Sunday, 18 September 2011

Japan and its Foreign Policies since World War II

Emperor Akihito

After World War II, Japan have followed a changing foreign policy as follows:

First is the policy of Realism. According to Yoshida doctrine, Japan must concentrate on economic reconstruction and development while giving minimal interest in defence policy, which is based on the security umbrella of the US (Japan-US Security Treaty). So, after World War II, Japan has been pursuing the policy of realism based on Yoshida doctrine in conducting foreign relations with other countries in the world. This doctrine was established by Prime Minister Yoshida (1946-54) by claiming that while depending on the security umbrella of the US, Japan must only focus on economic development. In this policy, Japan was an realist country by paying little interest in world politics.

Second, Internationalism: however, international environment has changed with the escalation of cold war. In 1984, Japanese Prime Minister Nakasone (1982-87) announced in the Diet (Japanese Legislature) that Japan must be an internationalized country. Since then, the policy of internationalization of Japan was established by making Japan an open society and prompting Japan to contribute actively in the international community. By making Japan an open society, a lot of foreign students can come to study in Japan and foreign products have been allowed to enter Japanese market. In order to contributing actively in world affairs, Japan has to participate with peace-keeping mission of the United Nations (UN).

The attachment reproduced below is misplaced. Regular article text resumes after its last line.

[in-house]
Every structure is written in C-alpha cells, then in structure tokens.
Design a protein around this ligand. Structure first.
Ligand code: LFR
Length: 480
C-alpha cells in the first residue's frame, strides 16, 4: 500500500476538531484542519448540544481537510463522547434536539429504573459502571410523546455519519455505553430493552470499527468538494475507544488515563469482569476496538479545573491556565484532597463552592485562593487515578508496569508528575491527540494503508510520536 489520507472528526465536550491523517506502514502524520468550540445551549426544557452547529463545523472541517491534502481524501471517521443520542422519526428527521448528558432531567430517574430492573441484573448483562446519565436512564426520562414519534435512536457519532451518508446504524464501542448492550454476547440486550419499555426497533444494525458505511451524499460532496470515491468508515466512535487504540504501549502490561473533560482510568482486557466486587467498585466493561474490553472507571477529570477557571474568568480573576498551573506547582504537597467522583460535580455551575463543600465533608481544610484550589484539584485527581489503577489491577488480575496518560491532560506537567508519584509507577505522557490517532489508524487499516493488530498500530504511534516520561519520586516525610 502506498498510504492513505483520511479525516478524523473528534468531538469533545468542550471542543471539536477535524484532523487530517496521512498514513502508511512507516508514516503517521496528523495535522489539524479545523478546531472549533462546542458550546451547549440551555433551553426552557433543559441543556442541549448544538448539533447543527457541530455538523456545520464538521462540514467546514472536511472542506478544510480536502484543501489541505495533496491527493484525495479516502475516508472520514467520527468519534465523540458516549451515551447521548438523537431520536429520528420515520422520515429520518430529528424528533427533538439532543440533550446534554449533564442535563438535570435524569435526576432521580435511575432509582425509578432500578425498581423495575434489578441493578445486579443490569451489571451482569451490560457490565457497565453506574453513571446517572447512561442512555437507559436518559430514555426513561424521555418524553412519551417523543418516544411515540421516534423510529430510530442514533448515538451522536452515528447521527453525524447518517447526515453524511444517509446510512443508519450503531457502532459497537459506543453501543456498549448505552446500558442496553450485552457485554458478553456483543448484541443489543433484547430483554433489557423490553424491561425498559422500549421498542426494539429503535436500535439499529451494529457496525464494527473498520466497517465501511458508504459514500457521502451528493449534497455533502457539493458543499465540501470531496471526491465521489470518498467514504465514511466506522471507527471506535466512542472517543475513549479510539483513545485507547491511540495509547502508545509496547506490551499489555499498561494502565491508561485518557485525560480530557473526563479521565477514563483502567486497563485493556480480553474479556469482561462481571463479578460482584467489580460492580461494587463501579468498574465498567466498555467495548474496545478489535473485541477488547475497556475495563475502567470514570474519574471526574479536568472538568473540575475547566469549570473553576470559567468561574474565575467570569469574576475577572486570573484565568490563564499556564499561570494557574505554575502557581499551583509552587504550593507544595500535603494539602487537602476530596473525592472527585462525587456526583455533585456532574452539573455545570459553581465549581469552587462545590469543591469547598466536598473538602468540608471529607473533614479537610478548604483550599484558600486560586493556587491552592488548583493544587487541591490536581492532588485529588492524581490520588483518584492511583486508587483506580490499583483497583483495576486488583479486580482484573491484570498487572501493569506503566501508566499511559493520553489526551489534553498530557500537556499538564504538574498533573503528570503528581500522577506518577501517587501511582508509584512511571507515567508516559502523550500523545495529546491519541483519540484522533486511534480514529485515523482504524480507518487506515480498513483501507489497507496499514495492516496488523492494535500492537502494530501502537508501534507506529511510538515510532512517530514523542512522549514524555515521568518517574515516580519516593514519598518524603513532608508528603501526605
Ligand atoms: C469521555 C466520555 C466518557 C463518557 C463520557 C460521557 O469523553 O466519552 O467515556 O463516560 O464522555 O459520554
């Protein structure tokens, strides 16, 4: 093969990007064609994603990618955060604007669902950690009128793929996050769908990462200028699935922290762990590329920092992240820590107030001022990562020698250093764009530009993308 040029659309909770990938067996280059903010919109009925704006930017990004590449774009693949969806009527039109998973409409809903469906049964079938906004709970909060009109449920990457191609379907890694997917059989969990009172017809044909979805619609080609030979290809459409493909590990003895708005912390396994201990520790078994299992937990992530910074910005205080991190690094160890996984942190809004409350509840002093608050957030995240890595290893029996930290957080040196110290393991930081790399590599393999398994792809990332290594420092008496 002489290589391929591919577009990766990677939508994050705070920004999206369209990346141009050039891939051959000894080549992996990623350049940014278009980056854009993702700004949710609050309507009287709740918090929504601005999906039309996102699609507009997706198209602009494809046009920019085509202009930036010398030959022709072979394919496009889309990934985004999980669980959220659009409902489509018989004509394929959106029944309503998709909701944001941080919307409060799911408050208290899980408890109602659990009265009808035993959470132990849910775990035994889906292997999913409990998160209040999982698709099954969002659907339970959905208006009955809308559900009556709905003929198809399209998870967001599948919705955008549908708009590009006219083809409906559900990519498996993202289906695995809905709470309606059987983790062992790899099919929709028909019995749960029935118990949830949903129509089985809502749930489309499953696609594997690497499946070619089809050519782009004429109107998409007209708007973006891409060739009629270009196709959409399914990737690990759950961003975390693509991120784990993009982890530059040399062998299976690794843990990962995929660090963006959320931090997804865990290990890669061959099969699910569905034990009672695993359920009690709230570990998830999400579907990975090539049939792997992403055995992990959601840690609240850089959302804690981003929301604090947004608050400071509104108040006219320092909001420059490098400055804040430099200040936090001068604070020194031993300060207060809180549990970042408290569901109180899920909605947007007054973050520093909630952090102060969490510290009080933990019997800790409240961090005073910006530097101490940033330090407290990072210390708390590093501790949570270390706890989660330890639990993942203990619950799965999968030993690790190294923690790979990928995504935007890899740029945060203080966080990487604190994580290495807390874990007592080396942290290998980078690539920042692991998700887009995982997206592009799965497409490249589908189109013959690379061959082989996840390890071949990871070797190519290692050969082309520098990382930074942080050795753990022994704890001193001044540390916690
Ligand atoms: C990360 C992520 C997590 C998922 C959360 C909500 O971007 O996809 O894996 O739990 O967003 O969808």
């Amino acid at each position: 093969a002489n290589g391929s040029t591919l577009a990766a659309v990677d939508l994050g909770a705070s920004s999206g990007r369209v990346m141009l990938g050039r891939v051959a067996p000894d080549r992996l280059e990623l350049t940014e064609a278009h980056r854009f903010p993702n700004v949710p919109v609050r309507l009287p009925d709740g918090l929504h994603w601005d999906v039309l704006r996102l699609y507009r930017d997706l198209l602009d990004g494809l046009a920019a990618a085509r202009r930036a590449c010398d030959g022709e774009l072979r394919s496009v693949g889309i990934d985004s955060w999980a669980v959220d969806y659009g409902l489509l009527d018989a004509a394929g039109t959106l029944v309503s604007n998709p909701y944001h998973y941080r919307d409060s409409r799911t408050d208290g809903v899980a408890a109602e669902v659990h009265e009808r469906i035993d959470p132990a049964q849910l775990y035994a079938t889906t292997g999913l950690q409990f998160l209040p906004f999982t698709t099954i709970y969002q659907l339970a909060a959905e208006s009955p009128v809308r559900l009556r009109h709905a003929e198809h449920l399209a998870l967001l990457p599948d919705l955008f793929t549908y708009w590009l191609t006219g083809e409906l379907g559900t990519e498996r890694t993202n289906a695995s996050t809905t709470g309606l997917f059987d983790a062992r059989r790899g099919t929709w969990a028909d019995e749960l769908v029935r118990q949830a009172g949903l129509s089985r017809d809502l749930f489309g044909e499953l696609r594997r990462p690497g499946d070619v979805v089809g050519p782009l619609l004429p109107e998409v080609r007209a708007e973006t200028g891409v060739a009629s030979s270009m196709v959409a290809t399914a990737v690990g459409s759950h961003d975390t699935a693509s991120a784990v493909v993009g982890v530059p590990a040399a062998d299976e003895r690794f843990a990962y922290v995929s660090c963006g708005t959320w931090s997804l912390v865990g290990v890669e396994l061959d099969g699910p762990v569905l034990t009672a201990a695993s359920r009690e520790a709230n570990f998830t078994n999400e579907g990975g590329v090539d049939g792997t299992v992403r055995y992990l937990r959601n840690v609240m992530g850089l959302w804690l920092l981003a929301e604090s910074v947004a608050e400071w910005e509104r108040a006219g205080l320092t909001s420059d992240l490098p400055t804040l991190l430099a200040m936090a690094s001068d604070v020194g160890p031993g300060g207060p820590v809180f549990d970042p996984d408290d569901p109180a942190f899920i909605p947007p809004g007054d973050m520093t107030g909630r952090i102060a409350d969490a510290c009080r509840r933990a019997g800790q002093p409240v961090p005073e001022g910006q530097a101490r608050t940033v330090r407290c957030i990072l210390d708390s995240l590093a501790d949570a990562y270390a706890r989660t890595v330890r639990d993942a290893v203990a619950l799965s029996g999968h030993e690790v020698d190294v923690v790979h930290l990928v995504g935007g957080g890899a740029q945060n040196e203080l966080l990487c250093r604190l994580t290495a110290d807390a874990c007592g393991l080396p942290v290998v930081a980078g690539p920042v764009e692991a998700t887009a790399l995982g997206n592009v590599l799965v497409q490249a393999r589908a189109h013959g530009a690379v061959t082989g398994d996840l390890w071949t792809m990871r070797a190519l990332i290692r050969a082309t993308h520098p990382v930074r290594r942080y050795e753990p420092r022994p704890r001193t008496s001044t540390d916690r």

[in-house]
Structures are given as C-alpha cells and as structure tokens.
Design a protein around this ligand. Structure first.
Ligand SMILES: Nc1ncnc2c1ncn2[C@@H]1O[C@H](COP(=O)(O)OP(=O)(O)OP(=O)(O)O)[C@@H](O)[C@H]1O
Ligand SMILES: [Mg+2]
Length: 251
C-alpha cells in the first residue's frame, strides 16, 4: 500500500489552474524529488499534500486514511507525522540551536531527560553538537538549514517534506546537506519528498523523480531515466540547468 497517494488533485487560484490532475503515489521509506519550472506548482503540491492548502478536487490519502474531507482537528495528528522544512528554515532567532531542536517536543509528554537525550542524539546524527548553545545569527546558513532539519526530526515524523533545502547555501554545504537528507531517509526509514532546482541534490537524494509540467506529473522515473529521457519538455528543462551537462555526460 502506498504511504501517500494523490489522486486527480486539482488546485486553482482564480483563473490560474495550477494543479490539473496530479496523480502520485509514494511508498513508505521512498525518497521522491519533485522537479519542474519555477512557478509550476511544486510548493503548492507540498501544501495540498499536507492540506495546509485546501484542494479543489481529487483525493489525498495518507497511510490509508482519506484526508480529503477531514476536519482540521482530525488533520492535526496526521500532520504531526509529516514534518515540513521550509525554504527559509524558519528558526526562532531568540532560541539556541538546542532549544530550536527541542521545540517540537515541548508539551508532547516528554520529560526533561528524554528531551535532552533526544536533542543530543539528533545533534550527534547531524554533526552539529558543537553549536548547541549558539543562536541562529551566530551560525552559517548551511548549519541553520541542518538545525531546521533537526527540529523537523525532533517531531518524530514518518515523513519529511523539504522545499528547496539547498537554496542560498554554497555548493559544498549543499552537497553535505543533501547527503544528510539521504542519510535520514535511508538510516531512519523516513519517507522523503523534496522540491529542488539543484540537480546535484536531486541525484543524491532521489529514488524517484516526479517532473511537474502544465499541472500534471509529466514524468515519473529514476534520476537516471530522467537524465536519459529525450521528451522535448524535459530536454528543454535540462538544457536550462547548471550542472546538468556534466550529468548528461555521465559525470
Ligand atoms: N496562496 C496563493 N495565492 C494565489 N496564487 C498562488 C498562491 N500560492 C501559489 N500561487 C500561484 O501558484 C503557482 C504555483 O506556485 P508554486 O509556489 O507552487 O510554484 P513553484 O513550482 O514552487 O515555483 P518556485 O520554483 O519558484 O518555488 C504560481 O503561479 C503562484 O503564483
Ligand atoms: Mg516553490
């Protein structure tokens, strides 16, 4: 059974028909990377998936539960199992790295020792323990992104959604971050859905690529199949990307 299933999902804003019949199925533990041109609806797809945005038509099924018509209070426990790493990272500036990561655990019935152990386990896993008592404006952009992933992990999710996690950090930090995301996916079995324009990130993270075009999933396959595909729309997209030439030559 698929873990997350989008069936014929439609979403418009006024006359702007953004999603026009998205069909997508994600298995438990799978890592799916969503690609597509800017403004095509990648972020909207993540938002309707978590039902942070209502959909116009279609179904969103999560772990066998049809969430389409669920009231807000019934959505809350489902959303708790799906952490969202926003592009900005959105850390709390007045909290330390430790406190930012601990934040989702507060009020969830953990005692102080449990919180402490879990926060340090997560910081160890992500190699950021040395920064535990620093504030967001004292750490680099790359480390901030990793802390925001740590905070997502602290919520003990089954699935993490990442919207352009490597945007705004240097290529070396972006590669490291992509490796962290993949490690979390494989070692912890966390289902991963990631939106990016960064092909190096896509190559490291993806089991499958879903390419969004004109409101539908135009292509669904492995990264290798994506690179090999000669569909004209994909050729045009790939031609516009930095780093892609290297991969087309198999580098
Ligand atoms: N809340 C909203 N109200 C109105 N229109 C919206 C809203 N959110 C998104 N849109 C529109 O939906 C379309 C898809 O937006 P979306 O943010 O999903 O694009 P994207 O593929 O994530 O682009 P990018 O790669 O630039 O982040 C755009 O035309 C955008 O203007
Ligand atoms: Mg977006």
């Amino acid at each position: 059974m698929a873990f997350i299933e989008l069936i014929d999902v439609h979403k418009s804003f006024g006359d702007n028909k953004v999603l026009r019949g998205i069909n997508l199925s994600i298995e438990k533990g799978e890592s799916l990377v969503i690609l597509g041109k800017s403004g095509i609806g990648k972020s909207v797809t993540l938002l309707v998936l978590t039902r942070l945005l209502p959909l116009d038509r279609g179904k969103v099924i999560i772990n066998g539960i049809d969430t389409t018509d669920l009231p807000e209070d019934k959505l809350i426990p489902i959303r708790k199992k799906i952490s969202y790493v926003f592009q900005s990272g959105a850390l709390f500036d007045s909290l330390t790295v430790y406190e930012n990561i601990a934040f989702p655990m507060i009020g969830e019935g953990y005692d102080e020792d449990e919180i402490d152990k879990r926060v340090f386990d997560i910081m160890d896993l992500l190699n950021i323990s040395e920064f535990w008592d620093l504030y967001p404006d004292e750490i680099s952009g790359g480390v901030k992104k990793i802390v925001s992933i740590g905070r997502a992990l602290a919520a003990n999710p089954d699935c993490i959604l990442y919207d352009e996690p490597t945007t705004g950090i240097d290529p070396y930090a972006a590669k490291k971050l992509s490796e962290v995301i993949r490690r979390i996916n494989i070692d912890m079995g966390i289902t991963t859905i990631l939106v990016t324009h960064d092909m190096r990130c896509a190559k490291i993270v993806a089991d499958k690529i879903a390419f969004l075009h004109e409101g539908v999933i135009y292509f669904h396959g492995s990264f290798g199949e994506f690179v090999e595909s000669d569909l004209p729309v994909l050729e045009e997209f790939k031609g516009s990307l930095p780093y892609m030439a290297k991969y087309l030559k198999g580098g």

Third, Pragmatic liberalism: according Thomas Berger (2007), Japan is an adaptive state which is trying to adapt itself in the changing international environment. In his views, Japan is following the policy of pragmatic liberalism by contributing actively in the international community as witnessed by the dispatch of its ground force of Self Defense Force (SDF) to Iraq and its refueling mission in the Indian Ocean. In the context of UN, Japan is participating actively in the peace-keeping mission in various countries, especially during the UNTAC mission led by Mr. Yasushi Akashi in Cambodia from 1991-93. In the context of development cooperation, Japan provides a lot of Official Development Assistance (ODA) to many developing and least-developed countries around the world.

Fourth, Two-tier regionalism in East Asia: after the landslide victory of the Democratic Party of Japan (DPJ) in August 2009, Prime Minister Hatoyama (2009-2010) during his policy speech in the Diet, anounced that Japan is pursuing the policy of fraternity in East Asia by promoting the proposal of East Asian Community (EAC) while promoting the significance the US-Japan Security Alliance. Hence, on the one hand, Japan is trying to build EAC by promoting friendly relation with neighboring countries such as China and South Korea while, on the other hand, Japan is promoting the Japan-US Security Alliance as the cornerstone of its foreign policy.

In conclusion, Japan has gradually changed its foreign policy since the end of WWII due to the changes in international environment such as the end of cold war, UN, and rise of regionalism in the Asia Pacific (ASEAN, ARF, East Asia Summit, APEC. etc). Presently, Japan is pursing the policy of pragmatic liberalism and two-tier approach in regionalism in East Asia.

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